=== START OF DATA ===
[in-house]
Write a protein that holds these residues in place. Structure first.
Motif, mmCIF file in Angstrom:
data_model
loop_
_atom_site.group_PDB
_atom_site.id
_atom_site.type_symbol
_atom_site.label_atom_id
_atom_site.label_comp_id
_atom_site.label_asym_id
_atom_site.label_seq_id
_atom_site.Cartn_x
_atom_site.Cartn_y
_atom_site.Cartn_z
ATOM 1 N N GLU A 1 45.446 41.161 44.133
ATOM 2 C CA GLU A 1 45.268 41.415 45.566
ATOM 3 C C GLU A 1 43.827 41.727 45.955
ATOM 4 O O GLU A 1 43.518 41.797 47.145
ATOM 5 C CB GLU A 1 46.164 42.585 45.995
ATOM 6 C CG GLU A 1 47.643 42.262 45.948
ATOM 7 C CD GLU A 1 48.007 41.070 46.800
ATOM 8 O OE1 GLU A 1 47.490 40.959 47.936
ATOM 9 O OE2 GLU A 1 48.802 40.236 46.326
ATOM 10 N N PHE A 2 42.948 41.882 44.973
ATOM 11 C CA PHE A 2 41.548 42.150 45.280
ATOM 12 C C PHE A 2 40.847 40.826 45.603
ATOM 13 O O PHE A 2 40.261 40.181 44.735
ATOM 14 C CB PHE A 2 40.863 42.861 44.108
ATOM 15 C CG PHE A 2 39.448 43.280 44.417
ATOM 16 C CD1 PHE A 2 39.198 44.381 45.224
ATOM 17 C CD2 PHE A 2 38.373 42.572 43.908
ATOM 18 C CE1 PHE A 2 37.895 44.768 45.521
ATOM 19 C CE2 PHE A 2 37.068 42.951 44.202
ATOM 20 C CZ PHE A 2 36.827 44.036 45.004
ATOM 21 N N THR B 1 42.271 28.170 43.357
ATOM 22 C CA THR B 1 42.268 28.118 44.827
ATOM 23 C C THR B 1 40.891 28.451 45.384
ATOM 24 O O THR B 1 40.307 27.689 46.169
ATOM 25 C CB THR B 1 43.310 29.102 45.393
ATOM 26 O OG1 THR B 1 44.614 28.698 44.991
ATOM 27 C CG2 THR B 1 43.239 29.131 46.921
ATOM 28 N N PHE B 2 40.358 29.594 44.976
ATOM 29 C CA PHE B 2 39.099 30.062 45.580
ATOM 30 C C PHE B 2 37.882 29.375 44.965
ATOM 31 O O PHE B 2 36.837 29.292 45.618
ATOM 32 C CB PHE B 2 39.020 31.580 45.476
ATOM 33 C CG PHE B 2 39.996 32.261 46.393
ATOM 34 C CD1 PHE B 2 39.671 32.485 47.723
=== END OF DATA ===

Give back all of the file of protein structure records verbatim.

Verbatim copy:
[in-house]
Write a protein that holds these residues in place. Structure first.
Motif, mmCIF file in Angstrom:
data_model
loop_
_atom_site.group_PDB
_atom_site.id
_atom_site.type_symbol
_atom_site.label_atom_id
_atom_site.label_comp_id
_atom_site.label_asym_id
_atom_site.label_seq_id
_atom_site.Cartn_x
_atom_site.Cartn_y
_atom_site.Cartn_z
ATOM 1 N N GLU A 1 45.446 41.161 44.133
ATOM 2 C CA GLU A 1 45.268 41.415 45.566
ATOM 3 C C GLU A 1 43.827 41.727 45.955
ATOM 4 O O GLU A 1 43.518 41.797 47.145
ATOM 5 C CB GLU A 1 46.164 42.585 45.995
ATOM 6 C CG GLU A 1 47.643 42.262 45.948
ATOM 7 C CD GLU A 1 48.007 41.070 46.800
ATOM 8 O OE1 GLU A 1 47.490 40.959 47.936
ATOM 9 O OE2 GLU A 1 48.802 40.236 46.326
ATOM 10 N N PHE A 2 42.948 41.882 44.973
ATOM 11 C CA PHE A 2 41.548 42.150 45.280
ATOM 12 C C PHE A 2 40.847 40.826 45.603
ATOM 13 O O PHE A 2 40.261 40.181 44.735
ATOM 14 C CB PHE A 2 40.863 42.861 44.108
ATOM 15 C CG PHE A 2 39.448 43.280 44.417
ATOM 16 C CD1 PHE A 2 39.198 44.381 45.224
ATOM 17 C CD2 PHE A 2 38.373 42.572 43.908
ATOM 18 C CE1 PHE A 2 37.895 44.768 45.521
ATOM 19 C CE2 PHE A 2 37.068 42.951 44.202
ATOM 20 C CZ PHE A 2 36.827 44.036 45.004
ATOM 21 N N THR B 1 42.271 28.170 43.357
ATOM 22 C CA THR B 1 42.268 28.118 44.827
ATOM 23 C C THR B 1 40.891 28.451 45.384
ATOM 24 O O THR B 1 40.307 27.689 46.169
ATOM 25 C CB THR B 1 43.310 29.102 45.393
ATOM 26 O OG1 THR B 1 44.614 28.698 44.991
ATOM 27 C CG2 THR B 1 43.239 29.131 46.921
ATOM 28 N N PHE B 2 40.358 29.594 44.976
ATOM 29 C CA PHE B 2 39.099 30.062 45.580
ATOM 30 C C PHE B 2 37.882 29.375 44.965
ATOM 31 O O PHE B 2 36.837 29.292 45.618
ATOM 32 C CB PHE B 2 39.020 31.580 45.476
ATOM 33 C CG PHE B 2 39.996 32.261 46.393
ATOM 34 C CD1 PHE B 2 39.671 32.485 47.723